Revere Capital Advisors is exploring the potential of Asia’s emerging hedge funds as it seeks out managers performing above the generally flat returns offered by large strategies.
The New York- and London-based boutique alternative investment firm, set up in 2008 by several ex-Man Group executives, focuses solely on emerging hedge fund managers.
Also known as early-stage managers, they typically perform best in the first years of operation, when they are running relatively small amounts of capital and rely on strong returns to attract investors and earn performance fees.
Revere advises clients on investments in emerging managers, based on its analytical research of individual strategies. Its clientele is largely US and European family offices and small institutions.
“Until now, our research has been on managers in the US and Europe,” says Norbert Buffard, managing director of hedge fund research at Revere. “We are starting, at present, to look at Asia,” with an initial focus on managers in Hong Kong and Singapore.
In April, the firm launched the Revere Emerging Managers Founders Fund, with an undisclosed amount of internal capital. The initial plan is to build a concentrated portfolio of 10-12 managers, with a longer-term view of opening the fund to external investors.
“If we see a very compelling opportunity [in Asia], we hope to be able to invest some of our internal capital to these managers,” says Buffard.
The firm is seeing growing client interest in Asia-focused strategies managed from the region.
“There is a view that locally based managers have a niche, compared to managers that try to track the region but are not based in Asia,” says Buffard.
The diversification of strategies in Asia also provides investors with more choice, having widened from largely long/short equity to macro, event-driven and credit hedge funds.
“It’s more mature from a few years ago,” says Buffard. “There is definitely good reason to spend time and try to identify talent here.”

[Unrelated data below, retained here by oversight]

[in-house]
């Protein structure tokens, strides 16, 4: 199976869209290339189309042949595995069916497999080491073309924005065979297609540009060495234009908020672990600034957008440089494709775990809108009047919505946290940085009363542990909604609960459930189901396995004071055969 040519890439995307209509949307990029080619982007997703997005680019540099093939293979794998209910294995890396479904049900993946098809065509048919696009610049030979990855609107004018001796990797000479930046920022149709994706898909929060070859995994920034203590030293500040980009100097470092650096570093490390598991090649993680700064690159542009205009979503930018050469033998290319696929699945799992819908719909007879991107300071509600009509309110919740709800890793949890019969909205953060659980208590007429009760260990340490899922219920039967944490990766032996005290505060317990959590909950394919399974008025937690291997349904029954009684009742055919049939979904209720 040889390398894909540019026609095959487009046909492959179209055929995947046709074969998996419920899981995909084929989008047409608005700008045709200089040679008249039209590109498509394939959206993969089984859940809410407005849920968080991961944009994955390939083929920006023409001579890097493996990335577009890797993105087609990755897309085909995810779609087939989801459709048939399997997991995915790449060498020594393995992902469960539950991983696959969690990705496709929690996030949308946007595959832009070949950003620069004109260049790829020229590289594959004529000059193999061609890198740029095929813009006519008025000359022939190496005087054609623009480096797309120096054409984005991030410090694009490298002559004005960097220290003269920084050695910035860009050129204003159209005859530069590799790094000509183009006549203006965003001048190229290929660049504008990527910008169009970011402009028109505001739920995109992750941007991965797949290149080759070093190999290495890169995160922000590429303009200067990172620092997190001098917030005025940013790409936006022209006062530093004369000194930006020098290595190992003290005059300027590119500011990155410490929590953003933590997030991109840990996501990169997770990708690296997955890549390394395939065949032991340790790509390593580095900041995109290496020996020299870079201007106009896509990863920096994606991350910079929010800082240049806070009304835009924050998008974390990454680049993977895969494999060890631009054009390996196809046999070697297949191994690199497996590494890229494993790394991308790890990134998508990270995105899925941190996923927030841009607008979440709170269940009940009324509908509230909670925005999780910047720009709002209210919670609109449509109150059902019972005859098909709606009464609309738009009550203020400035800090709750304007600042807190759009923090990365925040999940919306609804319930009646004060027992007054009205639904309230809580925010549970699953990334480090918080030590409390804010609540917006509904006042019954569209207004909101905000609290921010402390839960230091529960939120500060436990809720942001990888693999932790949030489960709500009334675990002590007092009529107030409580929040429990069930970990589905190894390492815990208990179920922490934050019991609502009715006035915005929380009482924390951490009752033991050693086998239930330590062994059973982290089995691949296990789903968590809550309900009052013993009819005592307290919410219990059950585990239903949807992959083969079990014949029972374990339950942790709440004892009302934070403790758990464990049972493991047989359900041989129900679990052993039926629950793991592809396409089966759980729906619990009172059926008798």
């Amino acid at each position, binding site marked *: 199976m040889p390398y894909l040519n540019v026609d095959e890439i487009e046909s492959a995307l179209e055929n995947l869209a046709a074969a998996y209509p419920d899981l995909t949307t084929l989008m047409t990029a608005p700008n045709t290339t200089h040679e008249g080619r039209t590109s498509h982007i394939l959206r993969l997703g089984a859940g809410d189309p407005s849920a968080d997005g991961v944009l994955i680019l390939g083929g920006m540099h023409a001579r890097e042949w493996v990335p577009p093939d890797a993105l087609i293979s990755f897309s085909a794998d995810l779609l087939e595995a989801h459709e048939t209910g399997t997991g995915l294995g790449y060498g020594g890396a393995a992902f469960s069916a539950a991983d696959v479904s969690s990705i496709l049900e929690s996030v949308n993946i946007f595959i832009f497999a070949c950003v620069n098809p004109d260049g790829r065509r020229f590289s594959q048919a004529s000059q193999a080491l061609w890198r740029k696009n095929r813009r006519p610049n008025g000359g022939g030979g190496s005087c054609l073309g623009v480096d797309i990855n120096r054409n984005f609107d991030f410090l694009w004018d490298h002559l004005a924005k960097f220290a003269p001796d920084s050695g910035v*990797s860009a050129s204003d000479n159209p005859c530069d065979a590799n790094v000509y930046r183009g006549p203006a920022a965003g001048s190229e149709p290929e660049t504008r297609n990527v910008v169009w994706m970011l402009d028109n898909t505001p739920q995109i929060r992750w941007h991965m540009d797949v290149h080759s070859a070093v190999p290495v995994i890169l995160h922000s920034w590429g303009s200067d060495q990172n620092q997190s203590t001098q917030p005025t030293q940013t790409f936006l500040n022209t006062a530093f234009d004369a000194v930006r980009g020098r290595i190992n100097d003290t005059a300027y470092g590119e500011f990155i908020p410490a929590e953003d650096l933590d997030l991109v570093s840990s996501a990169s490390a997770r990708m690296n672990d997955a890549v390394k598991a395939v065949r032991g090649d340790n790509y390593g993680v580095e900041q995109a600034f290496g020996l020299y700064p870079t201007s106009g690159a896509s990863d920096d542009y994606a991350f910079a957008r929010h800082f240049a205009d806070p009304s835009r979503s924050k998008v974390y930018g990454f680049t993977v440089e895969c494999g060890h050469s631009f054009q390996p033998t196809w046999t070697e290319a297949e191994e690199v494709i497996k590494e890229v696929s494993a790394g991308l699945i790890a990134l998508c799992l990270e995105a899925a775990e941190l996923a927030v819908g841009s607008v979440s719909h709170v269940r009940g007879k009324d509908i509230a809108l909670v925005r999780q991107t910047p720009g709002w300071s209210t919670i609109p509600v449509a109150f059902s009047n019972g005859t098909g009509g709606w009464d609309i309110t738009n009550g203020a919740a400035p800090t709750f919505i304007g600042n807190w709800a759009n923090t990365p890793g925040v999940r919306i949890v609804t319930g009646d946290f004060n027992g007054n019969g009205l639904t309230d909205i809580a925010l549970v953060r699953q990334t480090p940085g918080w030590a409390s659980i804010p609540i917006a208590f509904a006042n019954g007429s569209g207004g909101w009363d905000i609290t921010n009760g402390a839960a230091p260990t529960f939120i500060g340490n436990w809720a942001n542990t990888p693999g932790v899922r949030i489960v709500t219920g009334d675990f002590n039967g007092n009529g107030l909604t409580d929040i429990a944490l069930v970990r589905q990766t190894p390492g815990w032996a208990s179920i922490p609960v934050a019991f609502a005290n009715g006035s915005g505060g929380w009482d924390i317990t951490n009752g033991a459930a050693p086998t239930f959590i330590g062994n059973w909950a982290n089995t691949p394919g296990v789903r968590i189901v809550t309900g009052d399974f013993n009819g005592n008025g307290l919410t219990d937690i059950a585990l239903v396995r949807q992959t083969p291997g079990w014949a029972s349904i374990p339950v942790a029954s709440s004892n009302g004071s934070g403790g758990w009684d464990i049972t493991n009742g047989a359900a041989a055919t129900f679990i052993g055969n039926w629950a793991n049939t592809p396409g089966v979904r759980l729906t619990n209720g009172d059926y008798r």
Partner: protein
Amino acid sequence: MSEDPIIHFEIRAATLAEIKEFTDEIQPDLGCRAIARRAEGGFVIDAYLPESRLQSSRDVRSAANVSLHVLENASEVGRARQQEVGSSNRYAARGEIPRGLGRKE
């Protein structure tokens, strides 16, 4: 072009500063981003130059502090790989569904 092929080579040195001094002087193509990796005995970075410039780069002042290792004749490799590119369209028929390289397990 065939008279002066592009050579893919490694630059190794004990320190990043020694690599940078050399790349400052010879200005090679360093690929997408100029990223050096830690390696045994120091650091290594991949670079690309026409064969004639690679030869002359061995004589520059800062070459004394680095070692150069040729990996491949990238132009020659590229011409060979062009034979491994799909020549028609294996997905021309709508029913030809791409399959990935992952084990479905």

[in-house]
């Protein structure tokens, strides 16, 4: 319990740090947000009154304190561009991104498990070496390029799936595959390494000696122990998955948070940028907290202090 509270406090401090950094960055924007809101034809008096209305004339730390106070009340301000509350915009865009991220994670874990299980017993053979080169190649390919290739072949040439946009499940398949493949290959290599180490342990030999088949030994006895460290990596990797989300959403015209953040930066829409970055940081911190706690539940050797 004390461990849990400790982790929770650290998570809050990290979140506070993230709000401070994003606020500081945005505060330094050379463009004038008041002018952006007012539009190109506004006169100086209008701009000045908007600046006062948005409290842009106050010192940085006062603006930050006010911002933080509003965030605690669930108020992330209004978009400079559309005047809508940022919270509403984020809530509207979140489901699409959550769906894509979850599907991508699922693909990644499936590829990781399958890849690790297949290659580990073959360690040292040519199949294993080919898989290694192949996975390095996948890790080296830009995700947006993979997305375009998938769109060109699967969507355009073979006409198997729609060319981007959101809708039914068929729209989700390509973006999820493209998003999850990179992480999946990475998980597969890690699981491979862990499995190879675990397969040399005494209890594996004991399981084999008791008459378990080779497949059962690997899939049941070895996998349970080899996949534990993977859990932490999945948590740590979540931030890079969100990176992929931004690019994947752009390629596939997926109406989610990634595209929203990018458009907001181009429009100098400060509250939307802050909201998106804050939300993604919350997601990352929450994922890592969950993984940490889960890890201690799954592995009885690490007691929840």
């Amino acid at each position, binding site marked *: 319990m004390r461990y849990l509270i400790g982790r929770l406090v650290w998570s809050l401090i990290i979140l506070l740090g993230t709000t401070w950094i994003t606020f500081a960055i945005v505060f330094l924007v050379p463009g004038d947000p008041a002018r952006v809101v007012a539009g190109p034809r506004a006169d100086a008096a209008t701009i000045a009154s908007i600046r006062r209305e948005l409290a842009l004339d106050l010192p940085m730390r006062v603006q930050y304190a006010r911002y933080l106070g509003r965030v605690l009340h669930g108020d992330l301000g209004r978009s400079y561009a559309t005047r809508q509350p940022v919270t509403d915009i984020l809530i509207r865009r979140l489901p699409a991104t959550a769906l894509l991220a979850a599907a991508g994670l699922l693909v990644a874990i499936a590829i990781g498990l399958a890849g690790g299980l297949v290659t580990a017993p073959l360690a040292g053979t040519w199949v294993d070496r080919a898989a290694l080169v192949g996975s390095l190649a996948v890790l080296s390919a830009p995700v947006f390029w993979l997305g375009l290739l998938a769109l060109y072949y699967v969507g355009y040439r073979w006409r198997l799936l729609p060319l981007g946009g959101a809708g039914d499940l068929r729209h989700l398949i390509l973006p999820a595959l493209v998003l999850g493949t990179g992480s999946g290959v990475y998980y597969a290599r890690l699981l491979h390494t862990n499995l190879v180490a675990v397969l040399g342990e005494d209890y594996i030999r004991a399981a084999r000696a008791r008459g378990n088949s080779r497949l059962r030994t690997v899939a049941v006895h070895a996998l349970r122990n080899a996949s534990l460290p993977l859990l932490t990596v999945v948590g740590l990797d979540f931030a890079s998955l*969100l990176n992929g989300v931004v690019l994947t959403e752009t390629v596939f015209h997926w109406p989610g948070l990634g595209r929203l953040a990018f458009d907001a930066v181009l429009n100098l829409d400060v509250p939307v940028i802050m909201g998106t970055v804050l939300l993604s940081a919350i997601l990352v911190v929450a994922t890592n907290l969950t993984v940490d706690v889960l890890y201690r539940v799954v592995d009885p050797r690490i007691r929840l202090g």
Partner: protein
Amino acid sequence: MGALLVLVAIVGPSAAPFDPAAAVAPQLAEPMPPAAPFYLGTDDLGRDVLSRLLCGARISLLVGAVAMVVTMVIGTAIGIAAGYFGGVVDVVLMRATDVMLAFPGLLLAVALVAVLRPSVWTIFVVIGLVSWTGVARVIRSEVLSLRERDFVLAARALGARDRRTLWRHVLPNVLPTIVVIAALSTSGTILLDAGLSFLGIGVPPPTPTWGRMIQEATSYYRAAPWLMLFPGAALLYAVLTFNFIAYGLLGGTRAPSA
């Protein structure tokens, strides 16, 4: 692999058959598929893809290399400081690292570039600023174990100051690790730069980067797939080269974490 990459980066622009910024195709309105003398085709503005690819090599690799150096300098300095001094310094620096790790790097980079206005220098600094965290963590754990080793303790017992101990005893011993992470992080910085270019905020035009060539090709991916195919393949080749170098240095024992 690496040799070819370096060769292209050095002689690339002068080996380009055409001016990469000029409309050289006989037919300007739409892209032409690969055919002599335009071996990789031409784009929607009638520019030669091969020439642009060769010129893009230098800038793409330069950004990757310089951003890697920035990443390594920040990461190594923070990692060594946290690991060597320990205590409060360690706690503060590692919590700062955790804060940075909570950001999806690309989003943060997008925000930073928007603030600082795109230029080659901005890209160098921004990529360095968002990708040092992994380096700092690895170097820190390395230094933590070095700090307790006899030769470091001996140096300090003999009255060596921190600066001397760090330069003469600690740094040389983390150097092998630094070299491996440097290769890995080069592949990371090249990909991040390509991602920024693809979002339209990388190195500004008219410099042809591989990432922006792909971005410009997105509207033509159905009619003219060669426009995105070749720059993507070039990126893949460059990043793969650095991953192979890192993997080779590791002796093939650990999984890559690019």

In terms of strategies, Revere prefers managers that don’t rely on specific market cycles to generate returns and tends “to have an interest in long/short equity, long/short credit, event-driven and discretionary macro”, says Buffard.
Revere believes it has a niche in offering research and advisory services, helping to build customised investment portfolios of emerging managers for third-party investors.
It differentiates itself from hedge fund seeders, which invest in early-stage managers in return for a stake in the fund, or a share of the fees charged to investors.
Revere does neither, with its internal fund investing in managers without having any additional business interests.
The emerging manager investment space is relatively small, although it is an area that is generating more attention as large hedge funds increasingly take on institutional investors, and as a result, less performance-generating risk.
HSBC runs an emerging manager-focused fund of hedge funds, called Next Generation, out of the UK which allocates broadly. It has invested in Asia managers, including Zeal Asset Management in Hong Kong, and Singapore-based Dymon Asia.
Gen2 Partners in Hong Kong had previously run two emerging manager funds called Infiniti Invenio and Conquistador II, which allocated globally – including to Asian strategies. It is understood that the funds were wound down about 18 months ago due to investor redemptions following the financial crisis.
“We want to find talent,” says Buffard, who is based in London. “We try to be open-minded in our research process and consider talented managers when we can find them.”